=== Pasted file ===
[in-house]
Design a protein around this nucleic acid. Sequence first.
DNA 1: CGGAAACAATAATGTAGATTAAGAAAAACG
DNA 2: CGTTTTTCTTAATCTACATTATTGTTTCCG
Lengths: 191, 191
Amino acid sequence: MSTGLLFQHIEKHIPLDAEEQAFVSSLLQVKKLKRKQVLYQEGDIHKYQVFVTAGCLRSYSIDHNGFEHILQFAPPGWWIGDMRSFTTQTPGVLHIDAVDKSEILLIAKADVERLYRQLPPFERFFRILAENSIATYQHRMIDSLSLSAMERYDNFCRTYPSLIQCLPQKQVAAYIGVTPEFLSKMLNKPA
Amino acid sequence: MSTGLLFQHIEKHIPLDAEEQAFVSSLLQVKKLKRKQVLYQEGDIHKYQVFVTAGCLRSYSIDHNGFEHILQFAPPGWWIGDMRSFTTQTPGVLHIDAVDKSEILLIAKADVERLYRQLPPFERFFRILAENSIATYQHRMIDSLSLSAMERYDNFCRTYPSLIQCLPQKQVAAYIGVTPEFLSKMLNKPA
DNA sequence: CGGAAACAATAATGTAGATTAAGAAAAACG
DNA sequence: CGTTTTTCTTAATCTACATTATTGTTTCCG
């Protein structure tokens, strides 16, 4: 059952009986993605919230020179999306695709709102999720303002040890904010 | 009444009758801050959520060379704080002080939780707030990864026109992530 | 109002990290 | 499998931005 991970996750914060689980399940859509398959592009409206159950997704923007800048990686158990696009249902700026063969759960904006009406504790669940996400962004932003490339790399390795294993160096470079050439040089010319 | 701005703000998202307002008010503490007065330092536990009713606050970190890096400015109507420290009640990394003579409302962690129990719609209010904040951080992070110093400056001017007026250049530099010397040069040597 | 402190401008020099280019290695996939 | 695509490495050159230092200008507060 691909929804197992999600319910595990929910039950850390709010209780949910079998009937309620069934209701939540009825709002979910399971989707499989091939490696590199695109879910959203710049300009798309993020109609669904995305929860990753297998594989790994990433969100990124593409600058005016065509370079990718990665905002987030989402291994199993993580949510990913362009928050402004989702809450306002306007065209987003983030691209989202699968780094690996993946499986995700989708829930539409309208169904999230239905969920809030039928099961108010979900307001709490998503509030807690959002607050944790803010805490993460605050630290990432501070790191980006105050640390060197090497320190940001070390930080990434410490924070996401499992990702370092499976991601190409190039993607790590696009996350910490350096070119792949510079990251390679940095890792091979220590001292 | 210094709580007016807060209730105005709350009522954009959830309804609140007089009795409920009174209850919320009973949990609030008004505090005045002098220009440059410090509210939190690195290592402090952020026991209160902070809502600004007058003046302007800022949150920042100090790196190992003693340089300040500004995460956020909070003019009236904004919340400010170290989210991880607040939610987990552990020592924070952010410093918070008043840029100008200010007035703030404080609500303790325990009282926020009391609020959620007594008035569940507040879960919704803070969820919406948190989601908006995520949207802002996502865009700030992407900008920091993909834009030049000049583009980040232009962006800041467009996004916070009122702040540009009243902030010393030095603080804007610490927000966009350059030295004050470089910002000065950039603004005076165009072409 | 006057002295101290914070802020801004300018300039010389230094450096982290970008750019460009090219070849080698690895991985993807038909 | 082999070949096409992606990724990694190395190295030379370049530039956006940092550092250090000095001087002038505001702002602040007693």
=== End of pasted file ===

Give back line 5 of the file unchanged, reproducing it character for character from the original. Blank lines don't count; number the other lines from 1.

Lengths: 191, 191